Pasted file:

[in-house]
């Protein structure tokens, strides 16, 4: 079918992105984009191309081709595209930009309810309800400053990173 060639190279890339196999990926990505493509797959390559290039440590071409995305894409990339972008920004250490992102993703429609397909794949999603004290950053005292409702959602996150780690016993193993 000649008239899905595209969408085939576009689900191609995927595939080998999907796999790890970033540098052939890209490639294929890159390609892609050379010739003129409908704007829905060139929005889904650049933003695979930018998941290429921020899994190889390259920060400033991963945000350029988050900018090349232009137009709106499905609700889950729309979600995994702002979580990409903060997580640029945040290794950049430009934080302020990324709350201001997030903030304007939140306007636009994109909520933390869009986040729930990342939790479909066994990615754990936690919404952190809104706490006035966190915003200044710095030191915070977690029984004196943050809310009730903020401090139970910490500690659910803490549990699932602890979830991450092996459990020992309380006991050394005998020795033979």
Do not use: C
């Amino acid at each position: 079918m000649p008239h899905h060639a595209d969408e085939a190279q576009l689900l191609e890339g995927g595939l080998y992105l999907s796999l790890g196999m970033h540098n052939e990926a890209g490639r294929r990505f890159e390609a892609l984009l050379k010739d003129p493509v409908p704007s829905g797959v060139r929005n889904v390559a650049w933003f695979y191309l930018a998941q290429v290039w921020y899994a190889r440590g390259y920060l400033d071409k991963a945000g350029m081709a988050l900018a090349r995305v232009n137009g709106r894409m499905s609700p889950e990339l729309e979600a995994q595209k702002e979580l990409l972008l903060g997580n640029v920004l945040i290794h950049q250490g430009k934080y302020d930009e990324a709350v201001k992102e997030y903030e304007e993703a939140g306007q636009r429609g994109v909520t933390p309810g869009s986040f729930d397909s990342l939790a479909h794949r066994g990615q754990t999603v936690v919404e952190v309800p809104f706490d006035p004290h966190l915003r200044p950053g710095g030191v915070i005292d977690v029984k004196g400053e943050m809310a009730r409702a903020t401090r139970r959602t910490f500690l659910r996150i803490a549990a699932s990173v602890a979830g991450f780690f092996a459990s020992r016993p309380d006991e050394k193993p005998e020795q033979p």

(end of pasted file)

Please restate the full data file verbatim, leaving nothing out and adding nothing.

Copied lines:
[in-house]
């Protein structure tokens, strides 16, 4: 079918992105984009191309081709595209930009309810309800400053990173 060639190279890339196999990926990505493509797959390559290039440590071409995305894409990339972008920004250490992102993703429609397909794949999603004290950053005292409702959602996150780690016993193993 000649008239899905595209969408085939576009689900191609995927595939080998999907796999790890970033540098052939890209490639294929890159390609892609050379010739003129409908704007829905060139929005889904650049933003695979930018998941290429921020899994190889390259920060400033991963945000350029988050900018090349232009137009709106499905609700889950729309979600995994702002979580990409903060997580640029945040290794950049430009934080302020990324709350201001997030903030304007939140306007636009994109909520933390869009986040729930990342939790479909066994990615754990936690919404952190809104706490006035966190915003200044710095030191915070977690029984004196943050809310009730903020401090139970910490500690659910803490549990699932602890979830991450092996459990020992309380006991050394005998020795033979």
Do not use: C
């Amino acid at each position: 079918m000649p008239h899905h060639a595209d969408e085939a190279q576009l689900l191609e890339g995927g595939l080998y992105l999907s796999l790890g196999m970033h540098n052939e990926a890209g490639r294929r990505f890159e390609a892609l984009l050379k010739d003129p493509v409908p704007s829905g797959v060139r929005n889904v390559a650049w933003f695979y191309l930018a998941q290429v290039w921020y899994a190889r440590g390259y920060l400033d071409k991963a945000g350029m081709a988050l900018a090349r995305v232009n137009g709106r894409m499905s609700p889950e990339l729309e979600a995994q595209k702002e979580l990409l972008l903060g997580n640029v920004l945040i290794h950049q250490g430009k934080y302020d930009e990324a709350v201001k992102e997030y903030e304007e993703a939140g306007q636009r429609g994109v909520t933390p309810g869009s986040f729930d397909s990342l939790a479909h794949r066994g990615q754990t999603v936690v919404e952190v309800p809104f706490d006035p004290h966190l915003r200044p950053g710095g030191v915070i005292d977690v029984k004196g400053e943050m809310a009730r409702a903020t401090r139970r959602t910490f500690l659910r996150i803490a549990a699932s990173v602890a979830g991450f780690f092996a459990s020992r016993p309380d006991e050394k193993p005998e020795q033979p």